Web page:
Netflix has two big new movies coming from South Korea exclusively this month, one of which has just touched down in the form of Carter. Should you hit play on the new Netflix movie or you should scroll? Here’s our PLAY, PAUSE OR STOP review of Carter.
The new movie features Joo Won as Carter (Good Doctor), Sung-Jae Lee as Kim Jong Hyuk (Abyss) and Kim Bo-Min (The Silent Sea).
Joo Won is famous for his portrayal of Park Shi On in the Good Doctor, which was eventually adapted into an American medical drama of the same name for Fox featuring Freddie Highmore.
Thrown straight into a dangerous mission with none of his memories intact, a man must escape death while trying to figure out who he is, how he ended up here, and who is the mysterious voice in his ear calling him “Carter”?
Korean Original Netflix Films are some of my favorites on the platform. Time To Hunt, Okja, The Call, Space Sweepers, and #Alive.
They all brought something fresh & exciting to sub-genres that may have gone stale over the past few years.
My hope for Carter was to do exactly that: give me something new and exciting that I could see replicated by American films to come (I’m looking at you, Extraction).
But, now, my hope is that American filmmakers only watch the fight sequences on YouTube.
Carter is an ultra-violent masterclass in close-quarters fighting & vehicular stunt work, but it is also an unnecessarily convoluted film with a shallow titular lead and a bloated runtime.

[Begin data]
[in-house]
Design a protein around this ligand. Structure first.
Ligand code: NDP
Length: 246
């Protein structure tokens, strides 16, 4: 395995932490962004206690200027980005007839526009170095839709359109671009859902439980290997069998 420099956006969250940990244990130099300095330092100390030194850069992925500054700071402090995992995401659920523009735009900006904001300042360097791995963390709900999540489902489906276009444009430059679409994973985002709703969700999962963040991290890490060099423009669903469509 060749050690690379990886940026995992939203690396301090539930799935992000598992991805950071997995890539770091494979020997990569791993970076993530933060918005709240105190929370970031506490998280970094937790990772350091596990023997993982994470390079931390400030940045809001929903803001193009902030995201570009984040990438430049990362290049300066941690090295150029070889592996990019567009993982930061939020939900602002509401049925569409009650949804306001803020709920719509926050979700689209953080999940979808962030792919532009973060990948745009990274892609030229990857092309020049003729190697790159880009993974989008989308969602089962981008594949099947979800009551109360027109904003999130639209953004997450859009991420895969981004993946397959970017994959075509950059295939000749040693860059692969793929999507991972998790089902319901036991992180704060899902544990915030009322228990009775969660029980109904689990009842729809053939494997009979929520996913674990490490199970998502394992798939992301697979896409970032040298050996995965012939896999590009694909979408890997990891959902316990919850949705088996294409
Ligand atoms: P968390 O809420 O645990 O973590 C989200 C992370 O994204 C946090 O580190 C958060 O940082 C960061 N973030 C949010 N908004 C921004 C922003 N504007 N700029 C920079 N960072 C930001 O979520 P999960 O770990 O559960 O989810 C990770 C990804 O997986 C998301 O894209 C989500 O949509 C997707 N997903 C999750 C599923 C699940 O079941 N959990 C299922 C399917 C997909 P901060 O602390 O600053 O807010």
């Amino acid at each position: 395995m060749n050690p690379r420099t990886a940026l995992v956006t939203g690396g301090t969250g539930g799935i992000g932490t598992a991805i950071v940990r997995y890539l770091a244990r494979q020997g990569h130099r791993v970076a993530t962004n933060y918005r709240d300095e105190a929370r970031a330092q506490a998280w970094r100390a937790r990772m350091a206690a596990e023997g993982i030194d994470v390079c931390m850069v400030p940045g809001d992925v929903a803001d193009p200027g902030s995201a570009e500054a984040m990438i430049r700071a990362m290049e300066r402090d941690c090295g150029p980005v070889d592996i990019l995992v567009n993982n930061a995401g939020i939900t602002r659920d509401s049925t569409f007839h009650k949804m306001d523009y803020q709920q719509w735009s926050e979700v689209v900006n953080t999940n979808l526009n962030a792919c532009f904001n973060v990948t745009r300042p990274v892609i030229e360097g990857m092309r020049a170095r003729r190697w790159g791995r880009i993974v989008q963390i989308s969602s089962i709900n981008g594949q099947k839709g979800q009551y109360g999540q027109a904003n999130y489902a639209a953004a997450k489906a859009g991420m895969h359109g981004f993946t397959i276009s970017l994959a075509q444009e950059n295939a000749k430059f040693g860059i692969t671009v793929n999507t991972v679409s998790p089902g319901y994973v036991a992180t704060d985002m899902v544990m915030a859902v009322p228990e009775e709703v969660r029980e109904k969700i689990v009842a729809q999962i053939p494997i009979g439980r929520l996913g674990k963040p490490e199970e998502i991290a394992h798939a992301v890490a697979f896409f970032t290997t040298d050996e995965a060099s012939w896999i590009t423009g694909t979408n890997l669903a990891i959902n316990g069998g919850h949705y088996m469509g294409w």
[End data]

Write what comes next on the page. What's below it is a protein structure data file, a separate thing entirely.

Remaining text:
The movie seems to be fascinated or preoccupied with certain elements that, by themselves, could have been an interesting backdrop or subtext to the main plot. A virus containment in the age of Covid, frayed North Korean/South Korean Relations, U.S./CIA involvement in South Korea, and of course, Zombies! But instead, it tries to cram in all of these things to muddle a story full of unreliable characters & a lead with amnesia.
The effect is mostly confusion as we try to piece together the character of Carter through forced exposition dumps between fight sequences.
Some fans of the genre might also complain about the presentation of the action itself as director Byung-gil Jung (The Villainess) has brought an uncommon inspiration to his POV compositions: Video Games.
Between drone shot transitions & rotating tracking shots, the cinematography feels like the scenes between missions in certain First Person Shooter games. With the constant direction & narration of the female agent in Carter’s ear, this feature feels more like he is just a character selected by her & the people in charge of him to win enough levels to get the big boss at the end.
Of all the insane action stunt work scenes, the one that stood out for me is the fight sequence around 50 minutes into the movie that starts with the kidnapping of a child from a man on a motorcycle. This leads into a mostly close-quarters, high-speed battle that has men leaping from motorcycles into open cars, shootouts & knife fights between 3 moving vehicles at once, and a city bus flipping over in the middle of a busy street. This nearly 7-minute sequence culminates in several motorcycles blowing up all at once.
While this did not work for me as a device, I will say that the movie moves too fast and dazzles just enough with its stunt choreography to not stay long enough to bore us.
Ultimately, the film is a perfect example of modern action cinema gone awry. Action works best when in service to the plot. While incredibly good at it, Carter puts all of its eggs into the fight sequence basket and moves backstory, character development, & cohesive storytelling to the back burner.
PLAY, PAUSE, OR STOP?: PAUSE.
While you may cringe at the dialogue or be unimpressed by the plot, you must admit that the action & stunt work will impress almost any casual action film fan, even if some of them are incredibly unbelievable.